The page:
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MCAD too late?

Discussion in 'MCAD / MCSD / MCPD' started by NewfDaddy, Jul 28, 2008.

  1. NewfDaddy

    NewfDaddy New Member

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    Hello all. :)

    I just want to say that for reading my post before you start.

    I have recently graduated from university with a degree in BSc (Hons) Computer Science (I achieved a 1st class degree) and want to starting programming in VB.NET or C#.NET.

    I have not used either language before, but I did study Java for 2 years, as well as OO concepts (both combined with Java, and as a separate module) at University.

    I just wanted to ask people here if it would worth trying to get a MCAD in VB.NET or C#.NET before they exams expired on 31st March 2009. Would this even be possible in a 8 month time-scale? (I would be able to commit about 20 hours a week and will be all self-study)

    I was considering the following route;

    • 70-305 - Developing and implementing web-based applications with Microsoft Visual Basic.NET and Microsoft Visual Studio.NET
    • 70-306 - Developing and implementing Windows-based applications with Microsoft Visual Basic.NET and Microsoft Visual Studio.NET
    • 70-310 - Developing XML web services and server components with Microsoft Visual Basic and the Microsoft.NET Framework.
    I understand that the current MSAD works with Microsoft .NET Framework 1.0 and Microsoft .NET Framework 1.1. Seeing as I would like to learn the basics and have no prior experience, would this be ideal for me?

    Finally, I see that .NET 2.0, and 3.5 are available. In the future I was hoping to upgrade myself to a MCTS with upgrade exams 70-558 (http://www.microsoft.com/learning/en/us/exams/70-558.mspx) and 70-559 (http://www.microsoft.com/learning/en/us/exams/70-559.mspx)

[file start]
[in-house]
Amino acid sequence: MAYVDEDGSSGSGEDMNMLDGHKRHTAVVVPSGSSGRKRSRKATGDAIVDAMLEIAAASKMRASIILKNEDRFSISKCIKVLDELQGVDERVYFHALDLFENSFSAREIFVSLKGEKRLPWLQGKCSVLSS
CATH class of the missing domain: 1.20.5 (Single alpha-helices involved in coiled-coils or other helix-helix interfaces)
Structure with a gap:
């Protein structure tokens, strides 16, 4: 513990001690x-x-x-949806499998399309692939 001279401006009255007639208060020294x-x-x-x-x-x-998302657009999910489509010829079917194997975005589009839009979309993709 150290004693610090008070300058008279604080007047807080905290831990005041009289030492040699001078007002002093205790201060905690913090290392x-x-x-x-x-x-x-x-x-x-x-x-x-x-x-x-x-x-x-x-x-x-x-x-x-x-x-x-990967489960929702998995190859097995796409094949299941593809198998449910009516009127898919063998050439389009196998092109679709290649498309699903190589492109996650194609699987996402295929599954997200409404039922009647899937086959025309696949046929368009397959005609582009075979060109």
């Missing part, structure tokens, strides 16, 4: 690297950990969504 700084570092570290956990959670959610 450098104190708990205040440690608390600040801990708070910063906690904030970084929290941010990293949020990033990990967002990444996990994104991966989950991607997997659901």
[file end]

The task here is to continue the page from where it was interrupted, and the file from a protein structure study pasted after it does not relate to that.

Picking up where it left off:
I would really appreciate, advice and recommendations. :rolleyes:

    Kind regards.
     
  2. LayaboutSi

    LayaboutSi Bit Poster

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    Welcome NewfDaddy

    Your fundamental question is getting asked a lot around here at the moment - especially with the retirement of the exams moving closer.

    I started on the MCAD route in Feb this year and passed all three exams in around 3 and a half months. However, it was with quite a lot of previous experience in .NET and a non-IT goal driving me forwards and motivating me. Overall, I put in about 220 hours all self-study to achieve MCAD - so you should be able to do it in 11 weeks :)

    I followed the MCAD path to ultimately lead me through to MCSD level. If I did not have a specific reason, I would probably have opted for the MCPD 2005 route, as I intend to move on to the 2 upgrade exams needed once I have hopefully passed my final MCSD exam early next week (and rested my brain for a couple of months :blink )!

    MCPD appears to cover the language syntax more than MCAD so may prove better for starting off. MCSD, however, covers the architeure a lot more and gives you a better understanding of how it all hangs together. One thing is understanding how to code; its another matter understanding why you are doing it a certain way.

    It is also likely that industry will start to phase out .NET 1.1 quite rapidly once Microsoft look as though they will be ceasing support; which means .NET 2.0 will definitely give you more future potential.